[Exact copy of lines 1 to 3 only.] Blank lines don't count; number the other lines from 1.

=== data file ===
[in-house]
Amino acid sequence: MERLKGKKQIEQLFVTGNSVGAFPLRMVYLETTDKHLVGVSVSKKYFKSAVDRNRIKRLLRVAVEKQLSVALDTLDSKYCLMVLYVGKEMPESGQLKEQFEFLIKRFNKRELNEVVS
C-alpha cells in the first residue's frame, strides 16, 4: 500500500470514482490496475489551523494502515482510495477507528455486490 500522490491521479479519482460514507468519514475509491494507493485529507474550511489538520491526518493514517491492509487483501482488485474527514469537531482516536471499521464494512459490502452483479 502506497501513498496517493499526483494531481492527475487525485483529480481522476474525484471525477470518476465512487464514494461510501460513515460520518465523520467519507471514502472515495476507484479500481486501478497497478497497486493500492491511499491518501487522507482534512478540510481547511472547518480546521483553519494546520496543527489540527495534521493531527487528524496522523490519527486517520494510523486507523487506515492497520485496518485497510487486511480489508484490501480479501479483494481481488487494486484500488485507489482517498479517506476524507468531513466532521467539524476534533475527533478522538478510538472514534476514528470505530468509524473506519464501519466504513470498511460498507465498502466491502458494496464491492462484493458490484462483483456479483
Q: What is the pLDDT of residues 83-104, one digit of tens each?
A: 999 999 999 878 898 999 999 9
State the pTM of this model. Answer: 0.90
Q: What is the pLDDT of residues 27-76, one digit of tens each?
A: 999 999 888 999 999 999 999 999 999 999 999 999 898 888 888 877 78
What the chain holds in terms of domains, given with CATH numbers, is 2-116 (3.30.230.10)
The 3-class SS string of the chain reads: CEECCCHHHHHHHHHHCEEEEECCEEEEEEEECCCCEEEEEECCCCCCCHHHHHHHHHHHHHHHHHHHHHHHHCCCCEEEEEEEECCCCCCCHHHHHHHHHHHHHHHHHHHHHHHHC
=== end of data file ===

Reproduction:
[in-house]
Amino acid sequence: MERLKGKKQIEQLFVTGNSVGAFPLRMVYLETTDKHLVGVSVSKKYFKSAVDRNRIKRLLRVAVEKQLSVALDTLDSKYCLMVLYVGKEMPESGQLKEQFEFLIKRFNKRELNEVVS
C-alpha cells in the first residue's frame, strides 16, 4: 500500500470514482490496475489551523494502515482510495477507528455486490 500522490491521479479519482460514507468519514475509491494507493485529507474550511489538520491526518493514517491492509487483501482488485474527514469537531482516536471499521464494512459490502452483479 502506497501513498496517493499526483494531481492527475487525485483529480481522476474525484471525477470518476465512487464514494461510501460513515460520518465523520467519507471514502472515495476507484479500481486501478497497478497497486493500492491511499491518501487522507482534512478540510481547511472547518480546521483553519494546520496543527489540527495534521493531527487528524496522523490519527486517520494510523486507523487506515492497520485496518485497510487486511480489508484490501480479501479483494481481488487494486484500488485507489482517498479517506476524507468531513466532521467539524476534533475527533478522538478510538472514534476514528470505530468509524473506519464501519466504513470498511460498507465498502466491502458494496464491492462484493458490484462483483456479483